Free movement is very much a two way street. Whilst “net migration” is a positive value, simply quoting that does much to minimise the large number of Britons who have traveled the continent for work or a better standard of living (remember the example of “Auf Wiedersehen, Pet” from Part 2).

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The numbers are quite clear. Last year 297,000 emigrants left the UK and 630,000 arrived. The ratio of EU to non-EU migrants is very nearly 50/50. In net migration terms, EU net migration was 184,000 and net non-EU migration 188,000 (There is certainly some double counting going on whereby some short term migrants appear on both the immigration and emigration lists of a single year). This means that if Leave manage, somehow, to block ALL EU migration then it’s very difficult to see how they can bring the net figure below that shibbolethic figure of “the tens of thousands” . It’s worth noting that the official reporting makes it clear that the “unprecedented” increase this year had far more to do with the drop in emigration from the UK than any increase in inward migration, even accounting for the addition of newly unrestricted Romania and Bulgaria.

One aspect of the immigration debate which particularly disturbs me is the conflation of EU membership and non-EU migrants. I’ve heard many folk complain about the situation in Calais, where non-EU migrants trying to reach Britain have ended up clustered in France, as if simply leaving the EU would somehow prevent the entry to the UK of migrants who are currently prevented from entering the UK. I’ve also heard more than a few people whose concerns over migration are strictly limited to people from Arabic or SE Asian (read: Muslim) countries as if, again, the EU is somehow limiting or restricting the UK’s immigration policies regarding non-EU countries (Hint: It’s not). I don’t particularly blame the individuals involved in this regard, rather the kind of dog-whistle politics which is stoking up that fear of the “other”. Those who use it for their own gain can never really control that kind of thing once it’s unleashed. Another thought is for those who demand that immigrants “integrate”, complain about “ghettos” developing but also simply cannot abide any of “them” living anywhere near them (It’s an interesting statistic that those who are more likely to vote for anti-immigrant policies are also least likely to have regular day-to-day interaction with a foreign born national).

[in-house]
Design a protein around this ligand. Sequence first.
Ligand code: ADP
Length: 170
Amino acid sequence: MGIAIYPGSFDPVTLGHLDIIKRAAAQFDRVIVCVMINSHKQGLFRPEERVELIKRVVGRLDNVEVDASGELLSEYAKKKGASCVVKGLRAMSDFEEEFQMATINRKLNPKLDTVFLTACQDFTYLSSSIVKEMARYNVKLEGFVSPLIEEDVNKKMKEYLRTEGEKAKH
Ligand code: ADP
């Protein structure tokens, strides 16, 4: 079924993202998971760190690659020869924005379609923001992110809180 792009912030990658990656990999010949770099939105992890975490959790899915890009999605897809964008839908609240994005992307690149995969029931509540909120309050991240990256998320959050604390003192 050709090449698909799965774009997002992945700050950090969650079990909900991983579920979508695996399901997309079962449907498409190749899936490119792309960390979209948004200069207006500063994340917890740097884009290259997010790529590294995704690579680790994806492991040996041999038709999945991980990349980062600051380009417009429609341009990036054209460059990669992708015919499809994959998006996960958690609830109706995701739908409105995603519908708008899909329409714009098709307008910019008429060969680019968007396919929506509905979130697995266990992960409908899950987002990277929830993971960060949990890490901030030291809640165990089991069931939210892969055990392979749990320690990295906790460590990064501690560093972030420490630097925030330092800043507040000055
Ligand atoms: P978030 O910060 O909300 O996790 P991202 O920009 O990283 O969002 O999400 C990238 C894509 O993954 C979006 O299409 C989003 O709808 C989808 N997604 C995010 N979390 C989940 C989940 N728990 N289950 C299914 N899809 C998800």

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I would ask these folk that if they cannot bring themselves to integrate their lives with another person, why should they expect others to do so? There’s a deep contradiction there too.